Outside photography, I’m inspired by world literature and graphic design. One idea that really gripped me was this idea of Gesamtkunstwerk, originally proposed by Richard Wagner, which means “complete and total work of art.” It inspired architect and designer Peter Behrens to create the work that he did for Allgemeine Elektricitäts-Gesellschaft, which is arguably considered one of the first proper brands in the world. The philosophy of Gesamtkunstwerk gives a way of creating work that goes beyond individual objects and extends into looking at the bigger picture.

Favorite projects: My most recent personal project, Postcard Dreams. Pictorially, I don’t consider it my strongest work, but it is my most vulnerable project as I aim to talk about myself, and some of the problems and challenges I face being an immigrant in another country.

Another personal project I’m proud of is Dhaba, a monthly zine I made with my wife.

Work environment: Since I have limited space, my work environment changes based on whether I am doing design or photography. Photography often requires me to set up seamless papers and tripods, and it can clutter up the space quickly, so I usually take it down when I’m doing digital design work. I often have a space for a mood board where I put images that inspire me or that I think work well atmospherically for a commissioned project.

My design space is pretty much the same, but the seamless paper gets replaced by lots of sticky notes and posters. Pre-COVID, my workspace was at Microsoft where I work as a digital designer; it helped having a separate space dedicated to design, but all that has changed now!

Approach: Working as a full-time digital designer, I have a thorough knowledge of the editorial process, starting from the inception of the story to how it’s laid out and distributed. This enables me to be more in tune with the needs of editors and designers. I also think my cultural upbringing in Pakistan adds a different perspective to my work, starting with my use of color.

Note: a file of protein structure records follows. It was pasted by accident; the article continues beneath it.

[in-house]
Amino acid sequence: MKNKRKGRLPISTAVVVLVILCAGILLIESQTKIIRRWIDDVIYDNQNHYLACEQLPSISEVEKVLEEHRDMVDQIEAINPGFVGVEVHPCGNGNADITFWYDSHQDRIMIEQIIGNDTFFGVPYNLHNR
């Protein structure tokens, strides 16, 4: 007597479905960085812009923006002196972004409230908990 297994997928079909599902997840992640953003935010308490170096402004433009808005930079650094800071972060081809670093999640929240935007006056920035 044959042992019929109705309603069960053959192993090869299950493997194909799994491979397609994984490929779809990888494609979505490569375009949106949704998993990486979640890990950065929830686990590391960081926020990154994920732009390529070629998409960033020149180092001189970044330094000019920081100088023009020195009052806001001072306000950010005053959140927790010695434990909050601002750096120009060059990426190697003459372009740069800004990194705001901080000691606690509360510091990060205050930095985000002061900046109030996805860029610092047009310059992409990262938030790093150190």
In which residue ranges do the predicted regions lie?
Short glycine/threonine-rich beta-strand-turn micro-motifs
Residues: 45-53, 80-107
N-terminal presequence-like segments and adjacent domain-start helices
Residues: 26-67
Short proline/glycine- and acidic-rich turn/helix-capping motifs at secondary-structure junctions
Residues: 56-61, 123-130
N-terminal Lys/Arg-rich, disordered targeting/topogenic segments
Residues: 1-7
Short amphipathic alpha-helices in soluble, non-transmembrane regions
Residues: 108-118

Aspirations: In Postcard Dreams, there is one image where I explored the use of 3-D models in photography; I would like to continue exploring that to a level where I feel comfortable incorporating 3-D models in my client work. I would also like to offer video services and work with clients to create interactive, immersive editorial stories that break the traditional “image-picture-image-picture” mold. I would also like to exhibit my fine art work in more galleries.

Philosophy: Always have gratitude and show it. My career, my work or anything good in my life wouldn’t be possible without the kindness and love I have received. As far as creative work is concerned, I firmly believe in the Sufi phrase “Dama Dam Mast Qalandar.”  It’s been a constant subject of songs and poems throughout the subcontinent; the most famous rendition is from a song by Nusrat Fateh Ali Khan and Michael Brook. Being a Sufi phrase, its interpretation depends on the individual. I interpret it to mean “love, freedom and rebellion.” To quote the Beatles, “Love is all you need.”